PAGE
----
EDP, Chamber, MCTA discuss overlap


Mission statements

• EDP: "To improve the business and economic climate of Craig and Moffat county through the recruitment of new 'primary job' businesses and the expansion of existing businesses through a partnership of business, community institutions and citizens dedicated to enhancing the quality of life."

• MCTA: "MCTA exists to develop and promote tourism for the residents, businesses and visitors of Moffat County to achieve economic stability and the ensure quality of life."

• COC: "The Craig Chamber of Commerce's mission is to build a strong economic environment and contribute to business success by:

- supporting aggressive economic and tourism development programs;

- providing quality membership services;

- and supporting public policy issues which create a viable business community."

Are stores left out?

Chamber Executive Director Christina Currie and EDP Chairperson Scott Cook addressed a local retail business complaint that no one is doing enough to bring them customers as part of Thursday's meeting at the Colorado Northwestern Community College.

"The chamber will provide whatever help it can, host seminars, consult with businesses, to help (retail stores). We will treat every member the same," Currie said. "But they need to be there at 1 in the afternoon, need to have their store clean, their windows clean and provide exemplary customer service."

Cook agreed, and said that as a business owner, he always believed he assumed responsibility.

"Ultimately, we can do lots of things, but local business is going to fail or succeed based on how they run themselves," he said.

— The heads of Economic Development Partnership, Craig Chamber of Commerce and Moffat County Tourism Association met Thursday at Colorado Northwest Community College to discuss the public perception that the three overlap and work against each other.

"When we're out in public, we need to present a firmer grasp of our different missions," said CNCC Dean Gene Bilodeau, who moderated the meeting. "I hear infringement talk, but I don't see it."

The organizations agreed they have failed to present the public with clear directives, causing public perception to decline.

That perception also extends to local government, Bilodeau said.

"When EDP goes before the city, and the county commissioners are especially concerned, we need to show we have different goals than the other two to get funding."

MCTA Executive Director Shelly Flannery, EDP Chairper-son Scott Cook and Chamber Executive Director Christina Cur-rie brought mission statements for their respective organizations.

The representatives at the meeting said overlap shows areas where organizations can work in tandem and combine resources.

"All of our missions focus on economic stability for the area," Flannery said. "I want to develop Dinosaur National Park and bring a rafting company in. That knits me to EDP, and then that company would become a part of the Chamber.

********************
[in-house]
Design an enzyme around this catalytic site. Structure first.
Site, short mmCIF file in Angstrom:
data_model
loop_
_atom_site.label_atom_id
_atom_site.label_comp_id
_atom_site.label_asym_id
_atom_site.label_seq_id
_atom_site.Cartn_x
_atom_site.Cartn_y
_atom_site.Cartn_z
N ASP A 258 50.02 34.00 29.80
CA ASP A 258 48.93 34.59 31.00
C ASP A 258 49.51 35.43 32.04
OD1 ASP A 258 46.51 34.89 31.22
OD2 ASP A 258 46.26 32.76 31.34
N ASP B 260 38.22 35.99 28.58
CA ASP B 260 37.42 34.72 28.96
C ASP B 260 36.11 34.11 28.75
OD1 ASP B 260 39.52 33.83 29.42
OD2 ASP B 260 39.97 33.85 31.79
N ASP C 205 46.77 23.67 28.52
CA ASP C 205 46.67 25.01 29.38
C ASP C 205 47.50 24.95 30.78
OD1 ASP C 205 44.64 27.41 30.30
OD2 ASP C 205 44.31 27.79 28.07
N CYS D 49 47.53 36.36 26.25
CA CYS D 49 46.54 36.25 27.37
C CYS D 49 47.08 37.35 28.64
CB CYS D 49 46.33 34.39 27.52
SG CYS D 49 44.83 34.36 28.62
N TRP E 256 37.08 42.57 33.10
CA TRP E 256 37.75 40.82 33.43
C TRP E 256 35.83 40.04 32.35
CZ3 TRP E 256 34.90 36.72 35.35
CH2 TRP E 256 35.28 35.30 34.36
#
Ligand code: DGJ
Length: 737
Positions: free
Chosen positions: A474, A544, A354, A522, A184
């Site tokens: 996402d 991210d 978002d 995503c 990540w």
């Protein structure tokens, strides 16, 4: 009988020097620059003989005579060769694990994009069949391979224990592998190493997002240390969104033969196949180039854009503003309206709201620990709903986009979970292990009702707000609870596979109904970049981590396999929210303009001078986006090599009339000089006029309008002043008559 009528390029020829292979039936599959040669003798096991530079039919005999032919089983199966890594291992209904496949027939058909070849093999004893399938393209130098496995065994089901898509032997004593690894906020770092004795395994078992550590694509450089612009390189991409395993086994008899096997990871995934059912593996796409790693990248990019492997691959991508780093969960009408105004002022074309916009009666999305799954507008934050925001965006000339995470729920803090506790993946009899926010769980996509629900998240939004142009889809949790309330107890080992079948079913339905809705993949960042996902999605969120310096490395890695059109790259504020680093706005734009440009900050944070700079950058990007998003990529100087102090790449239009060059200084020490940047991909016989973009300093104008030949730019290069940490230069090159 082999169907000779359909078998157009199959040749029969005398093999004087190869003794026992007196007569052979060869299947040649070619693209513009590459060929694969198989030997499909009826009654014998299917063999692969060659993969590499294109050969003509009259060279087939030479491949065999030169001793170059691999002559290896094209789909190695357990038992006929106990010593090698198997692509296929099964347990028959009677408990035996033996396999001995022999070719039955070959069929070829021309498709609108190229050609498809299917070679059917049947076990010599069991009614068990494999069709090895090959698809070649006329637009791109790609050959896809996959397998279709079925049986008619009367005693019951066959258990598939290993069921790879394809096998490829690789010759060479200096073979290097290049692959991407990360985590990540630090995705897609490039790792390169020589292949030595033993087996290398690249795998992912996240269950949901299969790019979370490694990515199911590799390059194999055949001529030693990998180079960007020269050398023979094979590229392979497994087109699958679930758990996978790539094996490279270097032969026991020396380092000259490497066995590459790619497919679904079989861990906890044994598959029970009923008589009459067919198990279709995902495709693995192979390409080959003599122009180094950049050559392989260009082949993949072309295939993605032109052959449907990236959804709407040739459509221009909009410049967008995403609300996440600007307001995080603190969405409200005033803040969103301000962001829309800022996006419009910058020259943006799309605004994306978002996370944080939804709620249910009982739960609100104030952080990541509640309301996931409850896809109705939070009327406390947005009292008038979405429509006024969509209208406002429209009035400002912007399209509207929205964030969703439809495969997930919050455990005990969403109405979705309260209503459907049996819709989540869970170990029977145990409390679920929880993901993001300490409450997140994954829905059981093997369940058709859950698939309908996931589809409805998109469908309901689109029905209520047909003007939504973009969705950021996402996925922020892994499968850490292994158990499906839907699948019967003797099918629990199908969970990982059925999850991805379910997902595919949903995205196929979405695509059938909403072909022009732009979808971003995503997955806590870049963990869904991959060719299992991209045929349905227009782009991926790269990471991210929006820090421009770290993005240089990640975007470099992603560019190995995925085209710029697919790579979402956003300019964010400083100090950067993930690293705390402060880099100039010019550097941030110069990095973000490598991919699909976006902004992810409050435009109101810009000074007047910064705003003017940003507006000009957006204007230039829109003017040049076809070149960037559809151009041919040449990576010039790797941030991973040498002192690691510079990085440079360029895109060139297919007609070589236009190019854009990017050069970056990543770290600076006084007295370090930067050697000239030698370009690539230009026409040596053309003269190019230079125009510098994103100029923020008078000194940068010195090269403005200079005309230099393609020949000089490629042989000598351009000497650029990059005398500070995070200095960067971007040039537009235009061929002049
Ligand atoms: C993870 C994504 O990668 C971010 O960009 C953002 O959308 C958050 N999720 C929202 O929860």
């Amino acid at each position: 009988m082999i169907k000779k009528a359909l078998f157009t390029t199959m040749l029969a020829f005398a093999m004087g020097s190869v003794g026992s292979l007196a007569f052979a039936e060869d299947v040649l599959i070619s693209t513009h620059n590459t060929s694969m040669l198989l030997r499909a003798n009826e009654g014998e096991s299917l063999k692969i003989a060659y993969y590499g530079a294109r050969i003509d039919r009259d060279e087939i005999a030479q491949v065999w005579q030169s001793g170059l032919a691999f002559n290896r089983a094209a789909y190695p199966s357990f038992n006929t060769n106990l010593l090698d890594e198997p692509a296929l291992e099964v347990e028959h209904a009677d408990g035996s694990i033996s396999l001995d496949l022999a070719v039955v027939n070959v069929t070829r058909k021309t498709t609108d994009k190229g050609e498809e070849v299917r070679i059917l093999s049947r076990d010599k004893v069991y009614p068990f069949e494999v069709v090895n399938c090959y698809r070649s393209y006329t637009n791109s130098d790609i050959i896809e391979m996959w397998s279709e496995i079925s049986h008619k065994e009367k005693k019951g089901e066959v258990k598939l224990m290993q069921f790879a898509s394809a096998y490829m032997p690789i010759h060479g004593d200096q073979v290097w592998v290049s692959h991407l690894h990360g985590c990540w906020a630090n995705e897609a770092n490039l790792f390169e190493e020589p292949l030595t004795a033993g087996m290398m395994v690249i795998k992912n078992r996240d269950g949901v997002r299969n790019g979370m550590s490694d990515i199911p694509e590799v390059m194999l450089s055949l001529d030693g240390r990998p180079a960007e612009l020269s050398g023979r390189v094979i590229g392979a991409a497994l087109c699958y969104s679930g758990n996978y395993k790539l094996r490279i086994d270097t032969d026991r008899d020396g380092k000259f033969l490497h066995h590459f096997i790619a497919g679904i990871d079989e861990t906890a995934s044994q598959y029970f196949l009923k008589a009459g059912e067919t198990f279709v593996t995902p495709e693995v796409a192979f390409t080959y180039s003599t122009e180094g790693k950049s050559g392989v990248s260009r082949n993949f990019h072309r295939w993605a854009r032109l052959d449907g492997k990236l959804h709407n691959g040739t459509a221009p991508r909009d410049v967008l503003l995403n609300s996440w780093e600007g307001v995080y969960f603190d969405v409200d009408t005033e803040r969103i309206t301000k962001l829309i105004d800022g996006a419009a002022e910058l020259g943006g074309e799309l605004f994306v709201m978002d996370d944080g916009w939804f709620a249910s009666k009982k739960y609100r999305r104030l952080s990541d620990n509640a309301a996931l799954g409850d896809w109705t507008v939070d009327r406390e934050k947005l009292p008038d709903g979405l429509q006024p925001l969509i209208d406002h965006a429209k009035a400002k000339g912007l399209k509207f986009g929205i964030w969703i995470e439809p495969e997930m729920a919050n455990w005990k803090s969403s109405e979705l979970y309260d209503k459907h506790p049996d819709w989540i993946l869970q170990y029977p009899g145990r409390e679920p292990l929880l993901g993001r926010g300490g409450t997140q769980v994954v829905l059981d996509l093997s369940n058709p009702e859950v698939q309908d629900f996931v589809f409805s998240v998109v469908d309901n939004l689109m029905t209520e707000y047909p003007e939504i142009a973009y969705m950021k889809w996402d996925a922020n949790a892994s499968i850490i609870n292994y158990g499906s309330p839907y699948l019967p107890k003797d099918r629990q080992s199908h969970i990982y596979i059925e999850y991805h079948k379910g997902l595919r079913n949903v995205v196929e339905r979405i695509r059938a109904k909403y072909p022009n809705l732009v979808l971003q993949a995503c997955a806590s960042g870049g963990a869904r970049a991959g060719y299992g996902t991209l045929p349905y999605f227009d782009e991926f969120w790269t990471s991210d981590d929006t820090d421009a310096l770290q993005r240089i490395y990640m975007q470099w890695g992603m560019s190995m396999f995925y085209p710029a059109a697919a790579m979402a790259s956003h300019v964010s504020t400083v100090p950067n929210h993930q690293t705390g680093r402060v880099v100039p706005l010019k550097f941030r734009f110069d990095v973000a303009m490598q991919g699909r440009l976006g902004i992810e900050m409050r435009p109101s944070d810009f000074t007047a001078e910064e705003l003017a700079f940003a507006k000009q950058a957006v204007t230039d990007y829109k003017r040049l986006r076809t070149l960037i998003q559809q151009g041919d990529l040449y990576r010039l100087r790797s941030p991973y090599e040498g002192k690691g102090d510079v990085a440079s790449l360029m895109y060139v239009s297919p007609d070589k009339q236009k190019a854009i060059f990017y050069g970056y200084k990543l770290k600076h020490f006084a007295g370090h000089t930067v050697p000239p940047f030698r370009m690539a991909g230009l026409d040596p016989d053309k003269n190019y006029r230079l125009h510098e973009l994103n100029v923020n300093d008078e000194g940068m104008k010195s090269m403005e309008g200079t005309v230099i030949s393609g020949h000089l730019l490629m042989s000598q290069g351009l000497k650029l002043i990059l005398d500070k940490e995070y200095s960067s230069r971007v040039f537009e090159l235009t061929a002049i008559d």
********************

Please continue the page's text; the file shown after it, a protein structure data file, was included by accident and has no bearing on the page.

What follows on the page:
"Chamber members now need tourism dollars to make their money to be members of the Chamber."

Currie sees an opportunity for the Chamber to link the other two.

"EDP addresses new businesses, and that can help build tourism," she said. "The chamber will help those businesses establish themselves when they get here."

Some raised concern the city is content to rest on its laurels because of a touted economic upswing.

MCTA Vice-Chairperson Tammie Thompson-Booker questioned whether the city remembers a truly disastrous economic turn. Currie recalled when the Empire mine closed and many lost their jobs.

"The coal mine is not here forever. That is not a renewable business," Thompson-Booker said. "If we lose a business like that, it's very hard to replace it. Our current future is very tenuous and hard to forecast."

Thompson-Booker also mentioned some businesses' reluctance to invest in the area.

"Some businesses don't give back," she said. "I give to Craig Sea Sharks because I want them to stay around. I may need that business in the future."

Currie emphasized investing in the area meant not only donating to community programs, but beautification as well. Cook pointed out many businesses had done a great job making their property more attractive, and there still is a lot to do.

"There are things the community needs to do to show visitors and businesses this is a good place to live, that this is a good community to live in," Thompson-Booker said.

All present at the meeting agreed their organizations should become better leaders for the community.

"We need to get more politically active," Cook said. "We shied away from the school bond and the new hospital because they were controversial, but those are things this area needs."

Currie sees that as the way to best affect the community.

"These are groups that in communities have a leadership role," she said. "People don't give that to you unless you step up to the plate."


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